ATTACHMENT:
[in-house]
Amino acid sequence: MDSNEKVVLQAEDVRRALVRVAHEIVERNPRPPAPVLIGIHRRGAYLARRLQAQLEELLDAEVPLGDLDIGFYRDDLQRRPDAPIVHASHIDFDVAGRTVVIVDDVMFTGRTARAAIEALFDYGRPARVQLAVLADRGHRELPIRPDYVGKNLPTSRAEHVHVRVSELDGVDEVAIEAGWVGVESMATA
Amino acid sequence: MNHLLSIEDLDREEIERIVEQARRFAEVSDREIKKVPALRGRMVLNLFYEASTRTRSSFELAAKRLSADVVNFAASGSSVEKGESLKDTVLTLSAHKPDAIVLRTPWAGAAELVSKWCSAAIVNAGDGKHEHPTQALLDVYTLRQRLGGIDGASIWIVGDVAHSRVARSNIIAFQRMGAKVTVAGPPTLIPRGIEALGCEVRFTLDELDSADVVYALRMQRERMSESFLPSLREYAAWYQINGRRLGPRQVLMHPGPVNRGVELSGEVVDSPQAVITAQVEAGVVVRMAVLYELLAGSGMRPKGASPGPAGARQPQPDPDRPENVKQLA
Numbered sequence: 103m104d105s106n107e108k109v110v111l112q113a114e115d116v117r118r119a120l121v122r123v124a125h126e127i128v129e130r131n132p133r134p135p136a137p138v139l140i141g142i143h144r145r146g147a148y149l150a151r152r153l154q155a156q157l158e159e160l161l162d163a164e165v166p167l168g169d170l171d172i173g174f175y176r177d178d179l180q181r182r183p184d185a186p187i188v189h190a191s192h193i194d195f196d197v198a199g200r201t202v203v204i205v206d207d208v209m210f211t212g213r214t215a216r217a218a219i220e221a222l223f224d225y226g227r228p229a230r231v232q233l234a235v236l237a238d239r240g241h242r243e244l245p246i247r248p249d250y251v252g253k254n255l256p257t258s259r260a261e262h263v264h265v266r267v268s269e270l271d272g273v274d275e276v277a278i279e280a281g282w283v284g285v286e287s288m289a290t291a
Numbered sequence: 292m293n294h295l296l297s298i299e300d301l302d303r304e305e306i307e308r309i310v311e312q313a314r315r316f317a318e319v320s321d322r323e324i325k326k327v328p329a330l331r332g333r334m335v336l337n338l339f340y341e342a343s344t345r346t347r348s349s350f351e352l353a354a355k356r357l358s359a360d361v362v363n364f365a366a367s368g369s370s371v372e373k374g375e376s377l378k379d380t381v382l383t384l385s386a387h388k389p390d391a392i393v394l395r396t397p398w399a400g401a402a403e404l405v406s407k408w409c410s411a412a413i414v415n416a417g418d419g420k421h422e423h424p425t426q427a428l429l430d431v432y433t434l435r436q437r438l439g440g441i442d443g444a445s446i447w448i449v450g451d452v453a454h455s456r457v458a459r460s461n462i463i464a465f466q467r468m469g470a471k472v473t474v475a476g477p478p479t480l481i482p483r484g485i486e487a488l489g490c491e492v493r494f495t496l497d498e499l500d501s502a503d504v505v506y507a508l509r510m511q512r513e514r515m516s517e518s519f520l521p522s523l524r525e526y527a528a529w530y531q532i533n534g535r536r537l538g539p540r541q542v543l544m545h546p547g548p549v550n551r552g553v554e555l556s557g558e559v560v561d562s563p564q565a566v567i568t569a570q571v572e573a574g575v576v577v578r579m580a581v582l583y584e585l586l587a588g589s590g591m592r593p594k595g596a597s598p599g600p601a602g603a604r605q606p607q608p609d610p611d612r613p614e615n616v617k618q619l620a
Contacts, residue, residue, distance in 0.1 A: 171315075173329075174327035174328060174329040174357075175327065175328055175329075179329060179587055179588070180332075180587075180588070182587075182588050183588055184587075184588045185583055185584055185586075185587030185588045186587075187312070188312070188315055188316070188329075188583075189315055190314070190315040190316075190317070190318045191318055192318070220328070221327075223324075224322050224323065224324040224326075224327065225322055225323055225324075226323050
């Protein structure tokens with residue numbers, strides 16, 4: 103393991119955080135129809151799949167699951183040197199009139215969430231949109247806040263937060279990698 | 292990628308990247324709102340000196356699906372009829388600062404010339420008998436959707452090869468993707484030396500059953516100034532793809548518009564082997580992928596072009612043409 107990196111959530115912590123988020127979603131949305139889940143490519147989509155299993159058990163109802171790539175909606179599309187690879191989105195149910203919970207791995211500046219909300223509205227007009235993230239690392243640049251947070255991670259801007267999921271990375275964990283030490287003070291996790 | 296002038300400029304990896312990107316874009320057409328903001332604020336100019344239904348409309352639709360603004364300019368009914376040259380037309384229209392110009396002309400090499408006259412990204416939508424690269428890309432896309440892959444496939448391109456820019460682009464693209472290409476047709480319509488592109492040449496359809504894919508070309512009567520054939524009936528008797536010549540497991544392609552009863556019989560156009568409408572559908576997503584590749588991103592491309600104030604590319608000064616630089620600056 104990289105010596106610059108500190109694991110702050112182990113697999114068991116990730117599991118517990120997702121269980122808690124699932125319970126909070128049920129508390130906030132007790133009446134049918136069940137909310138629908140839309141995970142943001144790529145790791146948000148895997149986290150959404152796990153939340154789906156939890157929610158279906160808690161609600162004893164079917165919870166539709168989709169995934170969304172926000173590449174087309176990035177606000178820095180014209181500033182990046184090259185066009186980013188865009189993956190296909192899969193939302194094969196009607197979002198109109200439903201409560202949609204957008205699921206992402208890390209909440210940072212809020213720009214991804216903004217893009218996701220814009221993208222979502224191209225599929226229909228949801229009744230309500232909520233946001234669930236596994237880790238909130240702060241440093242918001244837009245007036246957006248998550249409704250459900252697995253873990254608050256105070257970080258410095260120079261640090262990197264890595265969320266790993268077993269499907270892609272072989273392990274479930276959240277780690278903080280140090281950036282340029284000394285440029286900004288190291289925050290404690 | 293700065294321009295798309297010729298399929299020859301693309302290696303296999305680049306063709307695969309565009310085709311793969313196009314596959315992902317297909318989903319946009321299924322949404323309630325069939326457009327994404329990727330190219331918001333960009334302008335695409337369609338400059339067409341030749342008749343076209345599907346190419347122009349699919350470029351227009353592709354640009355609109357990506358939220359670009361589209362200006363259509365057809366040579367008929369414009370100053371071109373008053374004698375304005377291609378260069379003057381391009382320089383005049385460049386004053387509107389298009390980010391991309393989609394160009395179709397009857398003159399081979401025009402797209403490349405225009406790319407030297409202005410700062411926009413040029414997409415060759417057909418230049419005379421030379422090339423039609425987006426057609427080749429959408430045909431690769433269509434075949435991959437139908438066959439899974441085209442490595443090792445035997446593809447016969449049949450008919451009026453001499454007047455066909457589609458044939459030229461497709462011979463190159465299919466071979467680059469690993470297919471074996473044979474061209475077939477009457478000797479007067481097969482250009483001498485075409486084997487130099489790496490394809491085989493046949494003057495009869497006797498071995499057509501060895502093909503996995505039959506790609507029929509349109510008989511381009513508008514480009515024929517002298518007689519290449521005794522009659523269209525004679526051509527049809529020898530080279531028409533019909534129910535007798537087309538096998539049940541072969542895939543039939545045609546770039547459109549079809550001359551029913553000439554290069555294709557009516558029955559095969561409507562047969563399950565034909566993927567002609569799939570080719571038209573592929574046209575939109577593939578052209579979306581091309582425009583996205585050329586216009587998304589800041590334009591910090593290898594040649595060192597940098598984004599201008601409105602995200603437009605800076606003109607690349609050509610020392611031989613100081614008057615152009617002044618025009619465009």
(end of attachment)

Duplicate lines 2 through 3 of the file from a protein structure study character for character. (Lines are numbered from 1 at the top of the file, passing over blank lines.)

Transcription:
Amino acid sequence: MDSNEKVVLQAEDVRRALVRVAHEIVERNPRPPAPVLIGIHRRGAYLARRLQAQLEELLDAEVPLGDLDIGFYRDDLQRRPDAPIVHASHIDFDVAGRTVVIVDDVMFTGRTARAAIEALFDYGRPARVQLAVLADRGHRELPIRPDYVGKNLPTSRAEHVHVRVSELDGVDEVAIEAGWVGVESMATA
Amino acid sequence: MNHLLSIEDLDREEIERIVEQARRFAEVSDREIKKVPALRGRMVLNLFYEASTRTRSSFELAAKRLSADVVNFAASGSSVEKGESLKDTVLTLSAHKPDAIVLRTPWAGAAELVSKWCSAAIVNAGDGKHEHPTQALLDVYTLRQRLGGIDGASIWIVGDVAHSRVARSNIIAFQRMGAKVTVAGPPTLIPRGIEALGCEVRFTLDELDSADVVYALRMQRERMSESFLPSLREYAAWYQINGRRLGPRQVLMHPGPVNRGVELSGEVVDSPQAVITAQVEAGVVVRMAVLYELLAGSGMRPKGASPGPAGARQPQPDPDRPENVKQLA